The Reasoned Review

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Justice Stevens

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Still traveling, but I want to briefly touch upon Justice John Paul Steven’s recent retirement from the Supreme Court, which is an extremely crucial event in US jurisprudence and will likely have far-reaching ramifications on issues as diverse as campaign finance, torture, kidnapping, indefinite detention, abortion, and nearly every other issue on which the Supreme Court has given a narrow decision in the last fifty years.

Unlike the Sotomayor-for-Souter swap that occurred last year, Stevens retirement presents the first real opportunity for President Obama to re-make the Supreme Court. Stevens, who will turn 90 this year, has led the so-called “left wing” of the Supreme Court for nearly forty years. The New Yorker ran an excellent piece a couple weeks ago detailing Stevens’s long and storied career which I highly recommend reading to get an idea of what a significant force he has exerted on American jurisprudence. The last justice who still remembers World War II, Stevens has been a consistent champion for individual rights, limiting Executive Branch power, and upholding anti-trust legislation. The past decade saw numerous challenges to President Bush’s theories of unlimited executive power come before the Supreme Court, and many of the most dangerous powers assumed by Presidents Bush and Obama (suspension of habeas corpus, interrogation by torture, warrantless wiretappaing, etc) were struck down in narrow 5-4 majorities.

It is difficult to overstate Stevens’s role in providing at least a nominal limit to the President’s power. He not only voted with the majority in those decisions, he was the majority’s intellectual leader. Were Stevens not on the bench when the Supreme Court was deciding, say, Hamdan v. Rumsfeld, we would not have even a theoretical limit to what the President can and cannot do.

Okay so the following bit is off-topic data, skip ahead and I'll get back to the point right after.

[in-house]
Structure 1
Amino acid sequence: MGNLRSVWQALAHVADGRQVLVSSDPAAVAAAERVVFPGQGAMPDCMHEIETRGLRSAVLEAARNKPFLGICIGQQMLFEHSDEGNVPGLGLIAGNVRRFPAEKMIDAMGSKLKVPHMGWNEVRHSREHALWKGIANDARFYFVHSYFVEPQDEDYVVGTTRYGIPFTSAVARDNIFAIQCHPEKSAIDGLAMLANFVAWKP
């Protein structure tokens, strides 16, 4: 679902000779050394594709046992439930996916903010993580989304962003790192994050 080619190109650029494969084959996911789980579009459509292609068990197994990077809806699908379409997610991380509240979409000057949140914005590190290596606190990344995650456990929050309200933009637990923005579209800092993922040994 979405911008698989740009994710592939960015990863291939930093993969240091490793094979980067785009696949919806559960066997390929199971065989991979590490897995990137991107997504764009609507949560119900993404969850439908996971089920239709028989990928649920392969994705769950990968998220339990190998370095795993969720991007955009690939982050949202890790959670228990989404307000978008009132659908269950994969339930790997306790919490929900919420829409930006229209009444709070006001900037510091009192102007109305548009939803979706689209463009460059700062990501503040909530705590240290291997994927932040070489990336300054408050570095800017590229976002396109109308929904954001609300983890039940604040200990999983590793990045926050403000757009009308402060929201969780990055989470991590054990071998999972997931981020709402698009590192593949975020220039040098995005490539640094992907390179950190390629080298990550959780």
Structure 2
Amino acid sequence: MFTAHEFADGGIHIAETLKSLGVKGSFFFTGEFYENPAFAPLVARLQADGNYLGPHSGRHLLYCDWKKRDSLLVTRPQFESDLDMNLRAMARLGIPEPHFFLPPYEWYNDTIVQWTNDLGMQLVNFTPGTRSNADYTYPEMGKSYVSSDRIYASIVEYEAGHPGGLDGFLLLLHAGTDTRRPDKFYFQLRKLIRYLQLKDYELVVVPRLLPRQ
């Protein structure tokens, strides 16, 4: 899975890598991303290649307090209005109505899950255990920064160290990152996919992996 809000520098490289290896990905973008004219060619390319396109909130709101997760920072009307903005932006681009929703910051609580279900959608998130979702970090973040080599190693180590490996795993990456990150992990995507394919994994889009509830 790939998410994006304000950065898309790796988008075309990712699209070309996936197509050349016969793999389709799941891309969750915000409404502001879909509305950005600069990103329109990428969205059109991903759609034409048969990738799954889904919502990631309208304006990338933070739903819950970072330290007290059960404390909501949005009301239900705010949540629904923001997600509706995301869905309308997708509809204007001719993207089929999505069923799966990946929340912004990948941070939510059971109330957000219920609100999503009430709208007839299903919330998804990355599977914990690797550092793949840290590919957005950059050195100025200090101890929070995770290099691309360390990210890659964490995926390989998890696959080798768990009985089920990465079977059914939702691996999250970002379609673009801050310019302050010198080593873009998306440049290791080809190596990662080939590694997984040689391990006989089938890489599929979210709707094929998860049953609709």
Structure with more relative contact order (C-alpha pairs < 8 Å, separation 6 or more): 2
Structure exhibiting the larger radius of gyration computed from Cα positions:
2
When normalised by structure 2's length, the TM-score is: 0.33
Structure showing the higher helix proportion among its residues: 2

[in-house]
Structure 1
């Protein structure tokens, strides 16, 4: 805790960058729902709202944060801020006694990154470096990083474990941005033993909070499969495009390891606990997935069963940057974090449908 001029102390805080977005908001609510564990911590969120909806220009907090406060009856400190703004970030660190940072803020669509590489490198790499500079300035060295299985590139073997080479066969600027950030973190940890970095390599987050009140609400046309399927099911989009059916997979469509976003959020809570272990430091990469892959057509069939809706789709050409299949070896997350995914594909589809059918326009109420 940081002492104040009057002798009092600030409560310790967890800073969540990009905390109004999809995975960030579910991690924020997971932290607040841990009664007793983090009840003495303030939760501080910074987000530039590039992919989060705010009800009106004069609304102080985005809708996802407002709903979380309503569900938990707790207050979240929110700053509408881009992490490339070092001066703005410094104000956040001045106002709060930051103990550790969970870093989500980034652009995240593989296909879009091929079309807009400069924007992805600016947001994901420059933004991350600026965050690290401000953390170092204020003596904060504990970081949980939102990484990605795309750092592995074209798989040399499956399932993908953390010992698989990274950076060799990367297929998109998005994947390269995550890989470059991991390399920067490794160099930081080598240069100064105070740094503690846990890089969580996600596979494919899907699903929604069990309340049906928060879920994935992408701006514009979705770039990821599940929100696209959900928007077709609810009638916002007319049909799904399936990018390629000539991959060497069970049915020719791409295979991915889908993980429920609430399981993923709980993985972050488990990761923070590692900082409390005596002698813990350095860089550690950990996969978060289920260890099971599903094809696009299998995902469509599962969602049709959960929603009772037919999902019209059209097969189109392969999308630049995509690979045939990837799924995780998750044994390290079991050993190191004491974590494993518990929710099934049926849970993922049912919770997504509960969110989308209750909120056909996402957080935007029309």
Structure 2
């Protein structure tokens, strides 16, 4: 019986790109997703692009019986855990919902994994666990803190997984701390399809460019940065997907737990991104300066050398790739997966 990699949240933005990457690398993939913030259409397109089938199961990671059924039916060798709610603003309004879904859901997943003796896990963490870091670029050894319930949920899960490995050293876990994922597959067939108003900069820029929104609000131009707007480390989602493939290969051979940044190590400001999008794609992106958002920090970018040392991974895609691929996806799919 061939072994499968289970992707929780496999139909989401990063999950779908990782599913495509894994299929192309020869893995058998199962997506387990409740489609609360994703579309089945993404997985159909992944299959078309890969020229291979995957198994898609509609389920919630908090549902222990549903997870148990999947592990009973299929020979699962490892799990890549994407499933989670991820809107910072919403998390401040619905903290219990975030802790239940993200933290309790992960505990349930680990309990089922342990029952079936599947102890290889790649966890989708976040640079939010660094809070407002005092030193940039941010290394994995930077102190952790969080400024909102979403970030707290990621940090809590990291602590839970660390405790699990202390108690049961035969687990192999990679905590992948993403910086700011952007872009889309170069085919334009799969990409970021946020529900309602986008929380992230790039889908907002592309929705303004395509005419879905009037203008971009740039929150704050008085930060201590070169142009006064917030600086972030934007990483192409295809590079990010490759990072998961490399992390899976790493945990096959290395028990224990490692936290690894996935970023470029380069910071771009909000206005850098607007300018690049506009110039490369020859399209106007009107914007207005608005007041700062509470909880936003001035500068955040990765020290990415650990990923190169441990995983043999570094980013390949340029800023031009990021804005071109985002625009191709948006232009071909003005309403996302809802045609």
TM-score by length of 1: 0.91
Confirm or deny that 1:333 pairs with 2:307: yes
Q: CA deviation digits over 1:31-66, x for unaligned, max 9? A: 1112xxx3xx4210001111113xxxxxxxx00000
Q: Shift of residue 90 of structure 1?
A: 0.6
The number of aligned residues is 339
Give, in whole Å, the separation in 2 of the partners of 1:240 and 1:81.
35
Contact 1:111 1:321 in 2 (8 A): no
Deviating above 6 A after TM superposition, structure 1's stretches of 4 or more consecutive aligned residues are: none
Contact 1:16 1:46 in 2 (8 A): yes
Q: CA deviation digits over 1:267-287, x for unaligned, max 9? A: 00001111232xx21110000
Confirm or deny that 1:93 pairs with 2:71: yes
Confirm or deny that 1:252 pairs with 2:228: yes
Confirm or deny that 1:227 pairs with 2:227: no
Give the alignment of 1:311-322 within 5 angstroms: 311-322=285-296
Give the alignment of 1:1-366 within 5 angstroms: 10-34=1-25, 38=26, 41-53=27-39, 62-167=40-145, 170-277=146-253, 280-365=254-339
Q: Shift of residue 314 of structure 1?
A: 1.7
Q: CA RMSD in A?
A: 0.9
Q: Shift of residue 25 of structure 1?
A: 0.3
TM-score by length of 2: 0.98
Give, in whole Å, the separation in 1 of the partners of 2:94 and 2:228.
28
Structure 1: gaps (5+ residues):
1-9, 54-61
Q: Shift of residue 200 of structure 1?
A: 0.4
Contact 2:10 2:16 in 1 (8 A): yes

All this makes President Obama’s selection for Stevens’s replacement crucial. The establishment press is now reporting that Elena Kagan has emerged as the “frontrunner” for Stevens’s seat. Glenn Greenwald has a good rundown of her major characteristics, and she appears a “centrist” candidate, equally likely to please “both sides” of the aisle, and is sure to undergo a swift and painless confirmation.

To appease the “left”, Ms. Kagan takes solidly pro-abortion and pro-gay positions. To satisfy the national security fanatics, Ms. Kagan supports an expansive view of executive power, including the power to detain “terror suspects” indefinitely. According to the LA Times (via the Washington Independent), Ms. Kagan has explicitly stated that the President can hold ‘enemy combatants’ without trial:

Harvard Law Dean Elena Kagan, President Obama’s choice to represent his administration before the Supreme Court, told a key Republican senator Tuesday that she believed the government could hold suspected terrorists without trial as war prisoners.She echoed comments by Atty. Gen. Eric H. Holder Jr. during his confirmation hearing last month. Both agreed that the United States was at war with Al Qaeda and suggested the law of war allows the government to capture and hold alleged terrorists without charges.

This is not a fair trade. It is important to realize that Ms. Kagan’s colorful opinions on Executive power fly directly in the face of the most significant Supreme Court decisions of the past decade: Hamdan v. Rumsfeld, Hamdi v. Rumsfeld, and Boumediene v. Bush, all of which upheld the rights of ‘enemy combatants’ to be treated in accordance with the Geneva Convention (i.e. not tortured), be tried in a regularly constituted court, and challenge their detention in accordance with the Sixth Amendment. Given Ms. Kagan’s stated opinions, one can only conclude that her nomination to the Supreme Court would signify a palpable shift to the “right” for the judicial branch – that is, a shift away from the idea of “separation of powers” and toward a theory of an all-powerful executive.

Congress has long since lost almost all of its independence to massive corporations and executive bullying (remember the Iraq war?), but the Judiciary has still retained at least a modicum of  separation from the executive-legislative conglomerate. Ms. Kagan’s views regarding executive power during “war time” (and let’s not forget that this ‘war on terror’ is supposed to last 50 years) throw our independent judiciary into considerable danger. She should not be confirmed.

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